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Similarly Hobbled Results
So win-lose and win-win negotiators couldn't be more different, right? Well, no. In fact, we see them as being very similar in a fundamental way: they are both one-dimensional negotiators. They both concentrate almost exclusively on the face-to-face and tactical aspects of negotiation. They view the negotiating process mainly in terms of actions at the bargaining table, which of course comprises not only the conference room, but virtual tables (phone, fax, e-mail, etc.).
Negotiating advice from both types mainly focuses on how best to deal directly with the other side. From the win-lose side of the house, this means tips on how to size up your opponent's weak spots, who should make the first offer, how much to demand, how to persuasively overcome objections, decipher body language, threaten to walk away, and profit from various ploys--the "powerless agent" story, the "good-cop bad-cop" routine, and so on. Again, it's all about grabbing the biggest slice of the pie through actions at the table.
Meanwhile, the win-win playbook shows how to build trust, communicate clearly, probe for real interests behind bargaining positions, brainstorm new options, avoid cross-cultural gaffes, and successfully counter the powerless-agent ploy, the good-cop/bad-cop routine, and so on. But note again that the focus is on the tactical. The players are predetermined, the chess board is set up; all that remains is for a great tactical game to be played.
In our experience, most people consider negotiations to be one or the other of these approaches, or a blend of the two. Take a look, for example, at the many negotiation seminars offered by the venerable American Management Association, which are mostly listed under the category "Communication and Interpersonal Skills." Again, this is a standard, one-dimensional mindset: Negotiating is what happens at the table. It is about tactics and dealing directly with the other side.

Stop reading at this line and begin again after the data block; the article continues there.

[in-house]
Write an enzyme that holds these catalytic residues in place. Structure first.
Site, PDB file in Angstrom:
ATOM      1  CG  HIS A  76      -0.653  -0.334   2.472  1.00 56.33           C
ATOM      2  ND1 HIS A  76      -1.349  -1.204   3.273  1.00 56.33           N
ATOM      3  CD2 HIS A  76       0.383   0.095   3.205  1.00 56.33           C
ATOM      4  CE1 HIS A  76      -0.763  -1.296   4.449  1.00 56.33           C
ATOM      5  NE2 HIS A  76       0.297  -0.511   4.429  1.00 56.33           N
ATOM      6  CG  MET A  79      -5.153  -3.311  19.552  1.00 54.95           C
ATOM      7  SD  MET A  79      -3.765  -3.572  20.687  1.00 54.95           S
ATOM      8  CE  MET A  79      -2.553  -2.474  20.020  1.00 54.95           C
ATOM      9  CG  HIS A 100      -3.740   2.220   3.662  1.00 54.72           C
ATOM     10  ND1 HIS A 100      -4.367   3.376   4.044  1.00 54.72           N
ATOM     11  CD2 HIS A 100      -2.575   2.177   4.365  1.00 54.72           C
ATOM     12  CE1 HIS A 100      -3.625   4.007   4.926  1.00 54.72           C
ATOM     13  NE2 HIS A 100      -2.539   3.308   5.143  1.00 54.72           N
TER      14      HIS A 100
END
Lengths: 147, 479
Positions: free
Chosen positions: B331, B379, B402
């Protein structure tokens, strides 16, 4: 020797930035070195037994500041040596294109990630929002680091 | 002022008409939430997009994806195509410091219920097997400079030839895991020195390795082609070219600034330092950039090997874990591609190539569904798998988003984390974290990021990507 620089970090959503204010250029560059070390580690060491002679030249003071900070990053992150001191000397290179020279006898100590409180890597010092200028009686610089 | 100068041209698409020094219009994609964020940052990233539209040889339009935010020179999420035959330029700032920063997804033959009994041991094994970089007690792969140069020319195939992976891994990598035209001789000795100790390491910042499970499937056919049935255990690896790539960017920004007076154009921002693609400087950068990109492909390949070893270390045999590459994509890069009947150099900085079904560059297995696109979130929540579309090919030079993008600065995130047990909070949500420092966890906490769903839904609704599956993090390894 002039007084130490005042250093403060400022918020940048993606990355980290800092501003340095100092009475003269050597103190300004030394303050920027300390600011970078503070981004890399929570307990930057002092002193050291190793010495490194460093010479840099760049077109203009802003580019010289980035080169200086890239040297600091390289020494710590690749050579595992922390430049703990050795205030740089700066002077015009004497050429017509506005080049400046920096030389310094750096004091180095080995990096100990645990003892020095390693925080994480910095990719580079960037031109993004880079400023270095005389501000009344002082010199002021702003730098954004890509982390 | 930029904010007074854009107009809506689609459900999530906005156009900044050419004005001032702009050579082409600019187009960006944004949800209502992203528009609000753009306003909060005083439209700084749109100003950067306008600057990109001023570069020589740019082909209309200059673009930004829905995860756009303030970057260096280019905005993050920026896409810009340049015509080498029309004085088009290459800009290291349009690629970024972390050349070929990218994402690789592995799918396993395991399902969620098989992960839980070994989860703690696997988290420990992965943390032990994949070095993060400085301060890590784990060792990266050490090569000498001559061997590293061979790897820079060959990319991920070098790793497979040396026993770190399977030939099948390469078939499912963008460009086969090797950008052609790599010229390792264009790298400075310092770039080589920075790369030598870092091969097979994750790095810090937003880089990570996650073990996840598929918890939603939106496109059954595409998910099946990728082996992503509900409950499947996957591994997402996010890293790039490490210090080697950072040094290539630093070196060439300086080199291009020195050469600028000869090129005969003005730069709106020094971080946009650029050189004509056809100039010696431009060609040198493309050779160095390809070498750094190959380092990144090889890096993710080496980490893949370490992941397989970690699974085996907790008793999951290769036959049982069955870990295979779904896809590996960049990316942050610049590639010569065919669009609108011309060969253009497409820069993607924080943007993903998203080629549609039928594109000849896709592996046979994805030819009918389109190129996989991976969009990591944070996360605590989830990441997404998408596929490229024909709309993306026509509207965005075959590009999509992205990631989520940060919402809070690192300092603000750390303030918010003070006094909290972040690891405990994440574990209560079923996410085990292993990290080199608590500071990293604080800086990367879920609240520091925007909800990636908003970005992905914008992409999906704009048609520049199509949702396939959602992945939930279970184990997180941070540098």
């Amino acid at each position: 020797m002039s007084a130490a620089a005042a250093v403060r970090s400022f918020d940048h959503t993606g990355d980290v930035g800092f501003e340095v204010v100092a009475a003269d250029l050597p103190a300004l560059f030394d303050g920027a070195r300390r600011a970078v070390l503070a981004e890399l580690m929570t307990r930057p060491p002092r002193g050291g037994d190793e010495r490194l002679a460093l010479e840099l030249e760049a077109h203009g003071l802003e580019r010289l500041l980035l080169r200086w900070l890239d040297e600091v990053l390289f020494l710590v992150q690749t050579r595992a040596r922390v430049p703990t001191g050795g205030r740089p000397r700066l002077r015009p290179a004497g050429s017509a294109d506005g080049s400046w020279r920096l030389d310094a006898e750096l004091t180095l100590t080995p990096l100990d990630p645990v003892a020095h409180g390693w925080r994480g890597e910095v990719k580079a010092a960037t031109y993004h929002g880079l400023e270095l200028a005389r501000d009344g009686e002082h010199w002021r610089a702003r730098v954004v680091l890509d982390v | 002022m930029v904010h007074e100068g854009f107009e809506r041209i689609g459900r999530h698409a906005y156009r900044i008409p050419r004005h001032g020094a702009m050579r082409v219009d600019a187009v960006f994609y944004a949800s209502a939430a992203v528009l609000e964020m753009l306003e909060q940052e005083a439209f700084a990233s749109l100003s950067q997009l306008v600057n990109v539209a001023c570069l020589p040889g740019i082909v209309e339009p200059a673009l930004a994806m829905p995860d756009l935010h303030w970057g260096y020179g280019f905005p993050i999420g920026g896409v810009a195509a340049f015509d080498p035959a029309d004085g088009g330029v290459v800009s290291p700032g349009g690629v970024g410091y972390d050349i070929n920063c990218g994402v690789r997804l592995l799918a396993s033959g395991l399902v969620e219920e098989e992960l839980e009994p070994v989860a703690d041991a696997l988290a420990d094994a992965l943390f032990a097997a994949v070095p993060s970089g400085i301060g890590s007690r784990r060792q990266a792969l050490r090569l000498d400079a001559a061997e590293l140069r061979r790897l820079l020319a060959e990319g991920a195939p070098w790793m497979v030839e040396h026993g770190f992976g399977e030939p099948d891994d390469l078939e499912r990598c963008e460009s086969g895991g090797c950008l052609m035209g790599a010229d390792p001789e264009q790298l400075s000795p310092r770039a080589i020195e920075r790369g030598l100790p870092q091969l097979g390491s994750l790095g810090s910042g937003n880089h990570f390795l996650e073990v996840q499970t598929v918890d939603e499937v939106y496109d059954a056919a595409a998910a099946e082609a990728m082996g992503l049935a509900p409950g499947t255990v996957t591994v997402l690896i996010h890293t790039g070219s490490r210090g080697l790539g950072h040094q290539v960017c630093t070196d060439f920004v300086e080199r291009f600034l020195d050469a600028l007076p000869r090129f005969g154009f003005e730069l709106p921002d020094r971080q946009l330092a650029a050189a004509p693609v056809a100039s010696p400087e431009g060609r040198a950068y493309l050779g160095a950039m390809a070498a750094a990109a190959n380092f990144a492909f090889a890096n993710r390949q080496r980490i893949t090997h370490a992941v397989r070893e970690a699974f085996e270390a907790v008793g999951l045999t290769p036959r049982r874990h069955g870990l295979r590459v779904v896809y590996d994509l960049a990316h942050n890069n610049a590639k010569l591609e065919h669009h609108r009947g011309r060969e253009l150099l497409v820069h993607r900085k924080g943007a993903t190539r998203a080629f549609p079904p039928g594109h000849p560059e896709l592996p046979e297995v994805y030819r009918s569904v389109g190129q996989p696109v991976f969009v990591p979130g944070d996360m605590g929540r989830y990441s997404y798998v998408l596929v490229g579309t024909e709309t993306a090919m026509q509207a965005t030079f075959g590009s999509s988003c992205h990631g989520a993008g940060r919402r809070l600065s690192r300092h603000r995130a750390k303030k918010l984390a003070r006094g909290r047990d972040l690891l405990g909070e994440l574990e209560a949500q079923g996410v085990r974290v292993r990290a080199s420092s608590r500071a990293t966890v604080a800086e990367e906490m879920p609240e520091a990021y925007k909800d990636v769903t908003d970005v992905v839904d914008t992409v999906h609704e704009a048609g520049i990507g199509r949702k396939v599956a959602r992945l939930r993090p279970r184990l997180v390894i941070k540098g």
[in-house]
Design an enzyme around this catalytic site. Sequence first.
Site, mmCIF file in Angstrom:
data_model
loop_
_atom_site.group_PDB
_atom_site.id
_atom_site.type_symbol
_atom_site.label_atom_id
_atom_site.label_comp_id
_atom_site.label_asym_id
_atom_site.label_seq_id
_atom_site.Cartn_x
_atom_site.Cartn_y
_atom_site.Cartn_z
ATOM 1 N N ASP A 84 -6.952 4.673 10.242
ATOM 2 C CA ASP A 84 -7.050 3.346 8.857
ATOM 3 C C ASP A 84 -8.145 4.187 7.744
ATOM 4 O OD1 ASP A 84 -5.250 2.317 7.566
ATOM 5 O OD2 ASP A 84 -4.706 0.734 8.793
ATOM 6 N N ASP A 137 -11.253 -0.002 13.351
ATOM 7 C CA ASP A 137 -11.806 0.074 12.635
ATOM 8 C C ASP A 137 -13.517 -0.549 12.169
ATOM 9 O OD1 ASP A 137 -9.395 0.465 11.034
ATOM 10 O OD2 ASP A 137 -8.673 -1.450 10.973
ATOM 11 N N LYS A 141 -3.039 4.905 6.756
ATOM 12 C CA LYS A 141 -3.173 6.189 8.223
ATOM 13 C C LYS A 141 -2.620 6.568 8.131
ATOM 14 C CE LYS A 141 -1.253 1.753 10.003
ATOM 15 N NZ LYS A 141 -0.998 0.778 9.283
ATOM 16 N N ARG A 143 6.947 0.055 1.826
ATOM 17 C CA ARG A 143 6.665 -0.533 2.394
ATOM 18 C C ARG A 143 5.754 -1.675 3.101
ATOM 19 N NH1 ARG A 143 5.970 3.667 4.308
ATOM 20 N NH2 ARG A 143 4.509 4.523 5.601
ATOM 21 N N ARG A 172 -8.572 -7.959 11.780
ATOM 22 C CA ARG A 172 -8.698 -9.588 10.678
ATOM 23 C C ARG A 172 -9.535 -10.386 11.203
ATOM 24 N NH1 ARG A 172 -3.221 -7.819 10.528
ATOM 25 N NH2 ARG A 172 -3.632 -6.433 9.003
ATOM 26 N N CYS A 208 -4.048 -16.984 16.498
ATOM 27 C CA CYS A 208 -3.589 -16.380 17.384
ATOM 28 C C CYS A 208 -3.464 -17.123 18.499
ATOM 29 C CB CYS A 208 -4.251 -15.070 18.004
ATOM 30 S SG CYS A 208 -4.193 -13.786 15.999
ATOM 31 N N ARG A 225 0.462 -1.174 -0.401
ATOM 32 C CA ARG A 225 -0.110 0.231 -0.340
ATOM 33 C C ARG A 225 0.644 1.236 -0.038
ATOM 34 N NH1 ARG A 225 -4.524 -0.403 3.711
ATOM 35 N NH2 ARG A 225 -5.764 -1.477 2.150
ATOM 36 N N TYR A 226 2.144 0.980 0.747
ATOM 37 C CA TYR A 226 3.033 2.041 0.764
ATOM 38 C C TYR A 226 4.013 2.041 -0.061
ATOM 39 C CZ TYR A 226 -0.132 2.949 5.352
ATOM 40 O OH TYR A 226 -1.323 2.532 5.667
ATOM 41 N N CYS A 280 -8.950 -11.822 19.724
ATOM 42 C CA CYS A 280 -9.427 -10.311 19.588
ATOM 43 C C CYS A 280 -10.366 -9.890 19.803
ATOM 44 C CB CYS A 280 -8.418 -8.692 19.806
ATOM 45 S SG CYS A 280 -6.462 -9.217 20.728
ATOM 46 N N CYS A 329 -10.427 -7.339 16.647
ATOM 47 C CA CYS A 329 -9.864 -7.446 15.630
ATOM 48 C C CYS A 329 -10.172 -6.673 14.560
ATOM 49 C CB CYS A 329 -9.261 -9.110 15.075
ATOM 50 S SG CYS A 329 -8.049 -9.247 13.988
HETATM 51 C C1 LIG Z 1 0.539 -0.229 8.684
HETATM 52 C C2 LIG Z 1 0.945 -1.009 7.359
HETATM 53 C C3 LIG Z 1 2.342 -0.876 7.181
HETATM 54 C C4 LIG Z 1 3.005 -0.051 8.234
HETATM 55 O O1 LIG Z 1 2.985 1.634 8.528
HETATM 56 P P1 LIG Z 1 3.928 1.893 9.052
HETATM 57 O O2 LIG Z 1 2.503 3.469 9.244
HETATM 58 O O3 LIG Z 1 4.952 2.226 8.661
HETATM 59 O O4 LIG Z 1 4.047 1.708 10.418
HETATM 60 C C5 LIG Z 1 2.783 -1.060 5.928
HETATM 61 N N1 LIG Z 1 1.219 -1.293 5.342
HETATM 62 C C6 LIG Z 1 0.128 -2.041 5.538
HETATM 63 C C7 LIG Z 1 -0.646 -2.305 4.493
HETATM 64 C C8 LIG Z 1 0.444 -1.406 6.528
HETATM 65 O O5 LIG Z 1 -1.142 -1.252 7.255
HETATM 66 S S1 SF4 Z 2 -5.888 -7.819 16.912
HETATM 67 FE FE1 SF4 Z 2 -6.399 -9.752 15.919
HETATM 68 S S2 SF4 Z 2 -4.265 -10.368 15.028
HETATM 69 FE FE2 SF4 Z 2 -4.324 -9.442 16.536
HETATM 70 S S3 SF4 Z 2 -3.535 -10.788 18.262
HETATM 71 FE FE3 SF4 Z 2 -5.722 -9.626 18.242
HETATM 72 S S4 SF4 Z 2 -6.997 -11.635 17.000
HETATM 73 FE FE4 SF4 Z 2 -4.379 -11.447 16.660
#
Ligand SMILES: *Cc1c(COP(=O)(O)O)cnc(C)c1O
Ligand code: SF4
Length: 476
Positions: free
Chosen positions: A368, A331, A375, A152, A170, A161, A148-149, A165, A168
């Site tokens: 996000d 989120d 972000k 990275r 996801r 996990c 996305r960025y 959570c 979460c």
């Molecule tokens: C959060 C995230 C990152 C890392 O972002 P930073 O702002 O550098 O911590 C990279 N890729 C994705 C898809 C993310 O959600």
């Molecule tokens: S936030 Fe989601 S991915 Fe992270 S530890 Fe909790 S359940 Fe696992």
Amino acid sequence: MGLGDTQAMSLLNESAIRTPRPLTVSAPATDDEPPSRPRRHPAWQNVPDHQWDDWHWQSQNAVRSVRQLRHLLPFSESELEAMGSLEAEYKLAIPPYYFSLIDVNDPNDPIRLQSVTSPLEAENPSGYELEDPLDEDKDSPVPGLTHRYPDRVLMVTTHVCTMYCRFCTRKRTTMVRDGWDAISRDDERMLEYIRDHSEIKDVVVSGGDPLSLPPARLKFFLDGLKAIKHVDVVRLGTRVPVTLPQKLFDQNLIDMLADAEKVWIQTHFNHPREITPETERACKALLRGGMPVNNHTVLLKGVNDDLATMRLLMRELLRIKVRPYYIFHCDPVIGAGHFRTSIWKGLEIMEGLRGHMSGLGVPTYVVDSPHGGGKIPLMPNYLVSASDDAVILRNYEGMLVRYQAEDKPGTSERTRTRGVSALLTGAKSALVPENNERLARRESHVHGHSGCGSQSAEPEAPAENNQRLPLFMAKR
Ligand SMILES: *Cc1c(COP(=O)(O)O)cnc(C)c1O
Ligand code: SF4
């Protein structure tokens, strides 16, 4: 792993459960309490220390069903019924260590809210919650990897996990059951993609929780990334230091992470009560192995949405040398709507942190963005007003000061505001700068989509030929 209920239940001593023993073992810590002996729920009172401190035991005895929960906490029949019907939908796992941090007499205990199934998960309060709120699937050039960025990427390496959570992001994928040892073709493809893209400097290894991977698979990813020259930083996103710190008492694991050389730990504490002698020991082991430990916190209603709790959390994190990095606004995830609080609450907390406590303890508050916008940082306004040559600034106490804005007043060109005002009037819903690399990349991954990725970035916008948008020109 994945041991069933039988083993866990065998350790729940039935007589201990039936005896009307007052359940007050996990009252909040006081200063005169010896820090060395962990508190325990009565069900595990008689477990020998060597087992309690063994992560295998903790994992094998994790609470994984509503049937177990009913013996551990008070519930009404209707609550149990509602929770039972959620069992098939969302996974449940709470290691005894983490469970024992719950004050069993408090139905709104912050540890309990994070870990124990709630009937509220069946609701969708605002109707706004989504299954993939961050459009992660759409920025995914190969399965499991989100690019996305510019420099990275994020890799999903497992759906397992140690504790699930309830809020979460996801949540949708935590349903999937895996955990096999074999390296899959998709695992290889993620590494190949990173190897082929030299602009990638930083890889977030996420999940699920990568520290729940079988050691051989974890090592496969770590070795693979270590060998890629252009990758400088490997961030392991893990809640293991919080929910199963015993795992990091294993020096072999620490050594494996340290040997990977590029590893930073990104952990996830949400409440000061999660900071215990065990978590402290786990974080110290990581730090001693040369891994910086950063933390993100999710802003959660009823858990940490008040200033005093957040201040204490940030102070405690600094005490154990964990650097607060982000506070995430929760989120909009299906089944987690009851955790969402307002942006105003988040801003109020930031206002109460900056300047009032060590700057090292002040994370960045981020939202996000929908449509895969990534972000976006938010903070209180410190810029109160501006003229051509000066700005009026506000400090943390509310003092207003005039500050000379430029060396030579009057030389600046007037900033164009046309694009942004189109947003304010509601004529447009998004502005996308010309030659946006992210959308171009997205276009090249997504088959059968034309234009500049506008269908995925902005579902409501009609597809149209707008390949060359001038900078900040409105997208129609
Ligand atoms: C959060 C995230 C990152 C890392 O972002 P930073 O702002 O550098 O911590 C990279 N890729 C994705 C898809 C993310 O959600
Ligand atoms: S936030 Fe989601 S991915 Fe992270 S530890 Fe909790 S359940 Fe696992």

Obviously, win-win negotiators and their win-lose counterparts do more than interact at the table; they also prepare before they get there. But mainly, they prepare by planning their face-to-face approach and tactics. The real action, their main focus, is at the table.
Years of doing deals and analyzing negotiations have persuaded us that this commonsense focus on the table often fails. It routinely misses the larger potential game that can really drive the outcome. Even if they don't recognize it or acknowledge it, one-dimensional negotiators are actually playing in a 3-D world, and they often pay a steep price for their very limited approach. They, or the people whom they represent, are the losers.
David A. Lax and James K. Sebenius are the authors of 3D Negotiation -- Powerful Tools to Change the Game in Your Most Important Deals (Harvard Business School Press, September 2006). For more information on how you can become a 3D negotiator and keep your deals from falling short, see their book website www.3dnegotiation.com and their business website www.negotiate.com.
Adapted with permission from Harvard Business School Press from 3-D Negotiation: Powerful Tools to Change the Game in Your Most Important Deals by David A. Lax and James K. Sebenius. Copyright 2006 David A. Lax and James K. Sebenius. All Rights Reserved.
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Copyright © 2007 David A. Lax and James K. Sebenius
Copyright © 2007, The Negotiator Magazine